8 large fresh shiitake mushrooms, stemmed, caps sliced

Blend 1 garlic clove and next 7 ingredients in mini processor. Arrange salmon in a small glass baking dish. Spoon marinade over, and let marinate 5 minutes.
Preheat oven to 500°F. Transfer the fish, with some marinade still clinging, to a rimmed baking sheet. Roast the fish until just opaque in center, about 8 minutes. Meanwhile, transfer any remaining marinade to a small saucepan. Bring marinade in saucepan to boil; set aside and reserve for glaze.
Heat oil in large nonstick skillet over high heat. Add bok choy and mushrooms; using garlic press, press in 1 garlic clove. Stir-fry until mushrooms are tender and bok choy is wilted, about 4 minutes. Season with salt and pepper.
Divide vegetables among two plates, top with the salmon, and brush with the glaze.

2 Servings

posted in Korean | 7 Comments

23rd February 2010

Korean Green Bean & Scallion Pancakes

We made this recipe from Asian Flavors after one of Lisa’s running buddies put the thought of Korean food in our heads. I’d been wanting to make this recipe for a while, and the promise of a new hot sauce to dip them in made it a no-brainer. These pancakes aren’t as fluffy as American pancakes, and you can throw just about anything in them. These feature green onions, green beans, and red bell peppers. This is sure to be a fun recipe to experiment with later.

Chris says:

I could eat an entire meal consisting of just these.

Lisa says:

We’re almost there already…

Chris says:

Well, I had to toss the first one — my pan and oil weren’t nearly hot enought and it turned into a super-oily goo.

Lisa says:

Well it looks like you figured it out fine…

Chris says:

Yep, I think each successive one was better. By the way, I love that red hot sauce.

Lisa says:

I know! I like dipping them in that better than the soy sauce-based one.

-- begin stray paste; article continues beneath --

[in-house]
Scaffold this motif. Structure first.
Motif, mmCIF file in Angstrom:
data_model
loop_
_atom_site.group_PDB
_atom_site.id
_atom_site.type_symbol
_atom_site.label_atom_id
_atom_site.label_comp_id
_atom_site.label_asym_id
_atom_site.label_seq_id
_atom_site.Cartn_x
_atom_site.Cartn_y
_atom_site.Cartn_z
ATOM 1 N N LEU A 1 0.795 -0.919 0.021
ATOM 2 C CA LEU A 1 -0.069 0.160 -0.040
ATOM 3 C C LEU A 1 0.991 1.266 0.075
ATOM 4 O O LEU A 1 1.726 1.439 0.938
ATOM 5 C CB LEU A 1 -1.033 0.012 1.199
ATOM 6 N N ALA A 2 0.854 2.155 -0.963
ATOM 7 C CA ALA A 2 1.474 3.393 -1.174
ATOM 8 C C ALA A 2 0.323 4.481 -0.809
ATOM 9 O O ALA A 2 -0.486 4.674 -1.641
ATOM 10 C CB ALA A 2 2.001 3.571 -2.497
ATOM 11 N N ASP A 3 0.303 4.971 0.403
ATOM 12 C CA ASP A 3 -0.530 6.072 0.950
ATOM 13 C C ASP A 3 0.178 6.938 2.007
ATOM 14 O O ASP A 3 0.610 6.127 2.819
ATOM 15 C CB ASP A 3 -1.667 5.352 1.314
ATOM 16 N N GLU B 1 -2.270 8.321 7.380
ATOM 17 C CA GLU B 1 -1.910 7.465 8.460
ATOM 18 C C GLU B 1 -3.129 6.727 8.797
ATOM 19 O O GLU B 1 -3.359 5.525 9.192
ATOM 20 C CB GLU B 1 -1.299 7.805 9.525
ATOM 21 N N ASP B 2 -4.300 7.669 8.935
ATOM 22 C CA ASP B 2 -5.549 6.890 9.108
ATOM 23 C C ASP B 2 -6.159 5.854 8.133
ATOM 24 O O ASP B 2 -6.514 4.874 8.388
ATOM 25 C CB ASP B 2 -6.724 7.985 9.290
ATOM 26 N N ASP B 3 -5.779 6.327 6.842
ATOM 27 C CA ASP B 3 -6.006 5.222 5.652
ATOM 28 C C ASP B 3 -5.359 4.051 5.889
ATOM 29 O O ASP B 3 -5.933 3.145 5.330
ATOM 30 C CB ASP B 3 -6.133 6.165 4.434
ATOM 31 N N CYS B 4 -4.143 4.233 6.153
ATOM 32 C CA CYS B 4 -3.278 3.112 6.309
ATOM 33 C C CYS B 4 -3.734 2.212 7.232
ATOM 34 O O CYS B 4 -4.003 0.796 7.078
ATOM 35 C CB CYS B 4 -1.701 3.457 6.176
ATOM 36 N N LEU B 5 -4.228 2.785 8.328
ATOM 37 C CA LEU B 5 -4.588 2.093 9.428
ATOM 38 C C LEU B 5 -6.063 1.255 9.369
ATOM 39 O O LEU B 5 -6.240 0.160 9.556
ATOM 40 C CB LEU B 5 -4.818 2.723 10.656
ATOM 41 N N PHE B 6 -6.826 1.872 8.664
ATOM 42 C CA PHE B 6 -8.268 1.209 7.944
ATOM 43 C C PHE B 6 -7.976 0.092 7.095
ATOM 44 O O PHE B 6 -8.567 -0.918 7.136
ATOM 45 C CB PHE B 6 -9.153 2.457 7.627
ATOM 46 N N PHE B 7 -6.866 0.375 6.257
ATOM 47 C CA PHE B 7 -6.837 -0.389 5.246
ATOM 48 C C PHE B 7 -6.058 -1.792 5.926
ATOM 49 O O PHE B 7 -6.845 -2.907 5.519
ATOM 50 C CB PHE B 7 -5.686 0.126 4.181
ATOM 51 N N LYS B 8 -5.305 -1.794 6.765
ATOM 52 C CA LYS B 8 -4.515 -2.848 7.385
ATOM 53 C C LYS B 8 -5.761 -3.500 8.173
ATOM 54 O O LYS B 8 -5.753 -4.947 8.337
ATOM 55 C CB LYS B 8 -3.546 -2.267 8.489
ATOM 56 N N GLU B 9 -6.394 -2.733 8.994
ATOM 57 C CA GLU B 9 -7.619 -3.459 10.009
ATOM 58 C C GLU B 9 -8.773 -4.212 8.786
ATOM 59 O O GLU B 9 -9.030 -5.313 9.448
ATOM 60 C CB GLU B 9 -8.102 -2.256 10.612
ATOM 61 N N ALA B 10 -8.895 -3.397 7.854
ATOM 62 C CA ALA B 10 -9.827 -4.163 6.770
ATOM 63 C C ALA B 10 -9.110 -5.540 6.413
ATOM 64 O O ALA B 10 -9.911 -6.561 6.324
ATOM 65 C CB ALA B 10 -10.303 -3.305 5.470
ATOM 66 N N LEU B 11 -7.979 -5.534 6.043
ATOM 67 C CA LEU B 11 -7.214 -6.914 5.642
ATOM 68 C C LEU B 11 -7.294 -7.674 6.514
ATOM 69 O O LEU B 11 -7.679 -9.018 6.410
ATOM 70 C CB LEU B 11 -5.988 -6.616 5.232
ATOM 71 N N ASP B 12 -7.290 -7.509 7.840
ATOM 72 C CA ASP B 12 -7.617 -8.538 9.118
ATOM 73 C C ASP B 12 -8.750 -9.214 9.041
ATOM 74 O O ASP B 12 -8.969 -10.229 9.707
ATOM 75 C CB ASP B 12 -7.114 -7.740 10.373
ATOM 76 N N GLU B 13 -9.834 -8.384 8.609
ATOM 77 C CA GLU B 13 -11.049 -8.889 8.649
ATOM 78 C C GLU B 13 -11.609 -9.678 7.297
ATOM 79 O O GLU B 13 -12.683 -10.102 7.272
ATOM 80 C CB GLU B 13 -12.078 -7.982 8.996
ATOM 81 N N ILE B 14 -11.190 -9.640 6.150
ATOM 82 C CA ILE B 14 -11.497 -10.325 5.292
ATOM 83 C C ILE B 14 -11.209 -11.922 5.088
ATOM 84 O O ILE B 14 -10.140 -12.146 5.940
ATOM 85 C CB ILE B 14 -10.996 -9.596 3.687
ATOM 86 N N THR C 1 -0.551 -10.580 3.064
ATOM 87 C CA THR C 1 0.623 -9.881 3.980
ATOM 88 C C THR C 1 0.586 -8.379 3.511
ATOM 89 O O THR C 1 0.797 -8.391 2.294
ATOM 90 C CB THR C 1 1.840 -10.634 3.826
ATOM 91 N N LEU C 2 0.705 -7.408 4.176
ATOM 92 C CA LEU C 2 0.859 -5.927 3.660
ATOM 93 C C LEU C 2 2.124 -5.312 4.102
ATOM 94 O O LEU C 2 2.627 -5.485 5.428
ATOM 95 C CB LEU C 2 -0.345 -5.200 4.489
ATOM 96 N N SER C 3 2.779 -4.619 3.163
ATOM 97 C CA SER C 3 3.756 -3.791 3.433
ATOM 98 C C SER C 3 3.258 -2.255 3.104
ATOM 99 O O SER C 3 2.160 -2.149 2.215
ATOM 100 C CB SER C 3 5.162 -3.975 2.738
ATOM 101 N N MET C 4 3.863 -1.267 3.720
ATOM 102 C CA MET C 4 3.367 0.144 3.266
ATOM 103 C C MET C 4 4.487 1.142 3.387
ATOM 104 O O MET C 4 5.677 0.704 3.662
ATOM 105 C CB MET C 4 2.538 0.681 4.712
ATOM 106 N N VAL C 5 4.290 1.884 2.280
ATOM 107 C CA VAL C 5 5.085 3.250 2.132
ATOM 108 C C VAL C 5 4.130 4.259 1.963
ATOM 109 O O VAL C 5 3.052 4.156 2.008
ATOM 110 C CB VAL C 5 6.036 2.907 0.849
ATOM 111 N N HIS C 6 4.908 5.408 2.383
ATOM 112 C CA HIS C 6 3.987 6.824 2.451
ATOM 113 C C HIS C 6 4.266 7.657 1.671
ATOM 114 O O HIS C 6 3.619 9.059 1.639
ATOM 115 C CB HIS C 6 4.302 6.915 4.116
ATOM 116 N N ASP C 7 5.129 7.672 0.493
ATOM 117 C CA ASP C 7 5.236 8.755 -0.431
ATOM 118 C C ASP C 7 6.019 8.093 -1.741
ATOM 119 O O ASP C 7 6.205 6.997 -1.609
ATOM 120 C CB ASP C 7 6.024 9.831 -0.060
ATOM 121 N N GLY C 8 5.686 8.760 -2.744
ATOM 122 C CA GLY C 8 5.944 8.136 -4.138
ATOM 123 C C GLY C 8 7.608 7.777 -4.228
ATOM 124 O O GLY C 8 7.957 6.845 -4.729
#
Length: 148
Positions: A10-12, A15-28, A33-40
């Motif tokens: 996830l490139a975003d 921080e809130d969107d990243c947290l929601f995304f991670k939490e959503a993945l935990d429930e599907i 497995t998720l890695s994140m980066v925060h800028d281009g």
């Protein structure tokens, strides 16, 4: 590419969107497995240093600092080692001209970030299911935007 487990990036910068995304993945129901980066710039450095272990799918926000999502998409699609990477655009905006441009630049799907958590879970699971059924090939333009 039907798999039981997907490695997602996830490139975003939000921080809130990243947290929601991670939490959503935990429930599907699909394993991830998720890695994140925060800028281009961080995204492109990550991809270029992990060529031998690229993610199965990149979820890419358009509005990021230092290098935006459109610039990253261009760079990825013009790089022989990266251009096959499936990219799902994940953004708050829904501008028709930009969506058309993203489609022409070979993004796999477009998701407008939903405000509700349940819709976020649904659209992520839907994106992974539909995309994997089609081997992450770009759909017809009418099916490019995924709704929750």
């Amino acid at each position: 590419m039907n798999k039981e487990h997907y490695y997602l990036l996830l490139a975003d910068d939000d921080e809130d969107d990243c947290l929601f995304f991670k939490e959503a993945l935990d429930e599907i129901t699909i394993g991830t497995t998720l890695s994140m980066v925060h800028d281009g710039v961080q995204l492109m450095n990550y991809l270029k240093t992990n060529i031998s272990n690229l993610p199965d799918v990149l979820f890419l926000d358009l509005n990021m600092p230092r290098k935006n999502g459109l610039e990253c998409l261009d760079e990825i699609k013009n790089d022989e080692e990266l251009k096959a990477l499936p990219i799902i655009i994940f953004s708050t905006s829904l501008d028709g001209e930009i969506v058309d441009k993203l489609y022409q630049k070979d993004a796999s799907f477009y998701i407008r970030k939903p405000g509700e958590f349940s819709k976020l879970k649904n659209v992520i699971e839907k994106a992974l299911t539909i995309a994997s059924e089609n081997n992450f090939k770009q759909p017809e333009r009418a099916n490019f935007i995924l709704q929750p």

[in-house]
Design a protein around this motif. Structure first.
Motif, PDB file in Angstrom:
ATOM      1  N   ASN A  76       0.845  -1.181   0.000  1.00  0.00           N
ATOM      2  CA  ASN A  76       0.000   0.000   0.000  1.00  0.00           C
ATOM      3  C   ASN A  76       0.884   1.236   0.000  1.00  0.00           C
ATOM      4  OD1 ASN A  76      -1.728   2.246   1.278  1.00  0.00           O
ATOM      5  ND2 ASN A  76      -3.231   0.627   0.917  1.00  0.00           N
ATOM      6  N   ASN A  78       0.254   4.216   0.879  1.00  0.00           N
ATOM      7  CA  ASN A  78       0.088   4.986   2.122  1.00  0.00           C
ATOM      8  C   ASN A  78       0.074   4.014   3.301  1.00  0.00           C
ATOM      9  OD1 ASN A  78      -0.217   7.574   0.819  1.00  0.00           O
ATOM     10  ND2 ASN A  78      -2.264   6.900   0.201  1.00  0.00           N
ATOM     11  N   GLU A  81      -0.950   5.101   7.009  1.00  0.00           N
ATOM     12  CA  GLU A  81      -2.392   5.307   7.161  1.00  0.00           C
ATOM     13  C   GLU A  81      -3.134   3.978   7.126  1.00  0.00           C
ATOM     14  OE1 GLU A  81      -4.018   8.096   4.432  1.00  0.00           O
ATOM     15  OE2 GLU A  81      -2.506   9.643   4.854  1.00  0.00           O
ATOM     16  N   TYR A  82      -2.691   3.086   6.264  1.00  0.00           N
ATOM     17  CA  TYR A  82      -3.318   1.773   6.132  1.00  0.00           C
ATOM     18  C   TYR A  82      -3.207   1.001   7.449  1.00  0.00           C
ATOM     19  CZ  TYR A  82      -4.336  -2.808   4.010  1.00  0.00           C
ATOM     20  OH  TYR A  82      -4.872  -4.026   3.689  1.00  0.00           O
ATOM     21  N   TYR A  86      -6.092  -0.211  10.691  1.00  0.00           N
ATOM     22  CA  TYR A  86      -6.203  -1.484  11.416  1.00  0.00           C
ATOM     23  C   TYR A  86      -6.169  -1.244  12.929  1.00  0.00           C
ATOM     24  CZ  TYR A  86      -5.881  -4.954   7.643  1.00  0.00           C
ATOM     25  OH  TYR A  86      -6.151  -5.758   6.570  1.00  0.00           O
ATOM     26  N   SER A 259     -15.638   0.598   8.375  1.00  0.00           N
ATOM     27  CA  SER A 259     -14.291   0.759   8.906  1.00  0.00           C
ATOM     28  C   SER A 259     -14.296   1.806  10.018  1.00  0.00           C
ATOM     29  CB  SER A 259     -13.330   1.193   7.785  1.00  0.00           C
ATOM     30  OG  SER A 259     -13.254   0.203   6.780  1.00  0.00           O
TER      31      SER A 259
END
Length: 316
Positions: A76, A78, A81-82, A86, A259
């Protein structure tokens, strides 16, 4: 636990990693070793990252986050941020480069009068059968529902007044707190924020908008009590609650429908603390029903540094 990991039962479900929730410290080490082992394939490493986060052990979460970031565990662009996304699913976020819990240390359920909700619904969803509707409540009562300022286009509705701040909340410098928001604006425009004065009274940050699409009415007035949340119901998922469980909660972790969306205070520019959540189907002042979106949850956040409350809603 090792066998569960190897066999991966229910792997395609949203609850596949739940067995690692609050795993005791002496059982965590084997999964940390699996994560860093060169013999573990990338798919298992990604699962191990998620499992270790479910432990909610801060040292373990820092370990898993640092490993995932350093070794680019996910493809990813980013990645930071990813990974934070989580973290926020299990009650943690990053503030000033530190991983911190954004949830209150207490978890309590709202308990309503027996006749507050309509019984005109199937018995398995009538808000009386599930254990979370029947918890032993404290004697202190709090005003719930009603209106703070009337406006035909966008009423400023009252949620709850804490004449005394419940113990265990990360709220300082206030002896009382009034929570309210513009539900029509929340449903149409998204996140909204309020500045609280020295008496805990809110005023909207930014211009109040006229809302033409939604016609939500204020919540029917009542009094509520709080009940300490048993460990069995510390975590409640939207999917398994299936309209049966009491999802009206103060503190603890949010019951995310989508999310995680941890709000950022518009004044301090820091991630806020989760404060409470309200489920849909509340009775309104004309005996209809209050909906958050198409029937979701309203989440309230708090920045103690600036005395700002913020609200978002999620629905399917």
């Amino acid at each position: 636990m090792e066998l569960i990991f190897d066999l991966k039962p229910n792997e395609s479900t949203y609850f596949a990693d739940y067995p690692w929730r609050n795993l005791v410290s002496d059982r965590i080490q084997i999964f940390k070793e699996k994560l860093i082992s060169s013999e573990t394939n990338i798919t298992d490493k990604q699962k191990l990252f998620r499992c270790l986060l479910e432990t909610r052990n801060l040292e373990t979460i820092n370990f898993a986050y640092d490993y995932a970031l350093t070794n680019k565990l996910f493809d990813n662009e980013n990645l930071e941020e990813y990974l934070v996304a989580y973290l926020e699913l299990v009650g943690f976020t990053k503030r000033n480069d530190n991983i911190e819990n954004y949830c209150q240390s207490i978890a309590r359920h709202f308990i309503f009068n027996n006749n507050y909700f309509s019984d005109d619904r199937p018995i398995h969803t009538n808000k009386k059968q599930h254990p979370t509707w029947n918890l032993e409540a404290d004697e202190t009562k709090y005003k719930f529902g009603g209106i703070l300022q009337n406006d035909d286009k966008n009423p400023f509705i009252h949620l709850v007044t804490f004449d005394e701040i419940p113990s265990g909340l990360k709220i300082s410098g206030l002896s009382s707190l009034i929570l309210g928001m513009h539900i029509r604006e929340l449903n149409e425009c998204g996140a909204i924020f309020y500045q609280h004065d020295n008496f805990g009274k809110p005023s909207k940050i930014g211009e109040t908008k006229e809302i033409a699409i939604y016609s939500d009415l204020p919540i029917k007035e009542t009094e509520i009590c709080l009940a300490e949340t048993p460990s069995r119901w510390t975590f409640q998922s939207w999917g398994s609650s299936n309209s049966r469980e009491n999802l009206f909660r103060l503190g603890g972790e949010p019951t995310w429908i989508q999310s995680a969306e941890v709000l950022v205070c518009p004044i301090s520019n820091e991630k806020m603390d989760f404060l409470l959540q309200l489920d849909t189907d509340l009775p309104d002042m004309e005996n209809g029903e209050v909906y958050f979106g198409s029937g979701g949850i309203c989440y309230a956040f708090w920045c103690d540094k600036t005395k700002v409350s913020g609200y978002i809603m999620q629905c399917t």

Lisa says:

I didn’t think it was too spicy at first, but it builds… the more you have, the hotter it gets.

Chris says:

In that case, I have to find more stuff to dip into it!


Korean Green Bean & Scallion Pancakes
2 oz green beans
2/3 cup all-purpose flour
1/2 cup brown rice flour
1 large egg, beaten
1 cup cold water
1 tsp toasted sesame oil
peanut oil
4 scallions, sliced into thin strips
1/2 red bell pepper, cut into strips

Blanch the green beans in a saucepan of boiling water for about a minute. Drain, cool with cold water, and chop into small pieces.
In a bowl, mix together the two flours. Make a well in the center, add the egg, and stir into the flours until mixed, gradually adding the cold water. The batter will be runnier than breakfast pancake batter. Stir in the sesame oil and let stand for 30 minutes.
Heat a small, heavy, non-stick skillet over medium heat, and add peanut oil to coat. Pour in a quarter of the batter, then add a quarter of the vegetables. Cook for 3-4 minutes until set and browned underneath. Flip and cook for 2-3 minutes more. Transfer to a warming platter, and repeat to make a total of four pancakes.
Cut into squares and serve with the dipping sauces.

Dipping Sauce #1
(not pictured)
1/2 cup Korean Hot Pepper Paste (Gochujang)
1/3 cup brown sugar
1/3 cup apple cider vinegar
1 tbsp of sesame oil
1 clove of garlic, minced

Dipping Sauce #2
4 tbsp Japanese soy sauce
1 tbsp rice vinegar
1/2 tsp ginger puree
1 tsp sesame paste
Pinch of sugar
1 tsp black sesame seeds

posted in Appetizers, Asian Flavors, Korean | 1 Comment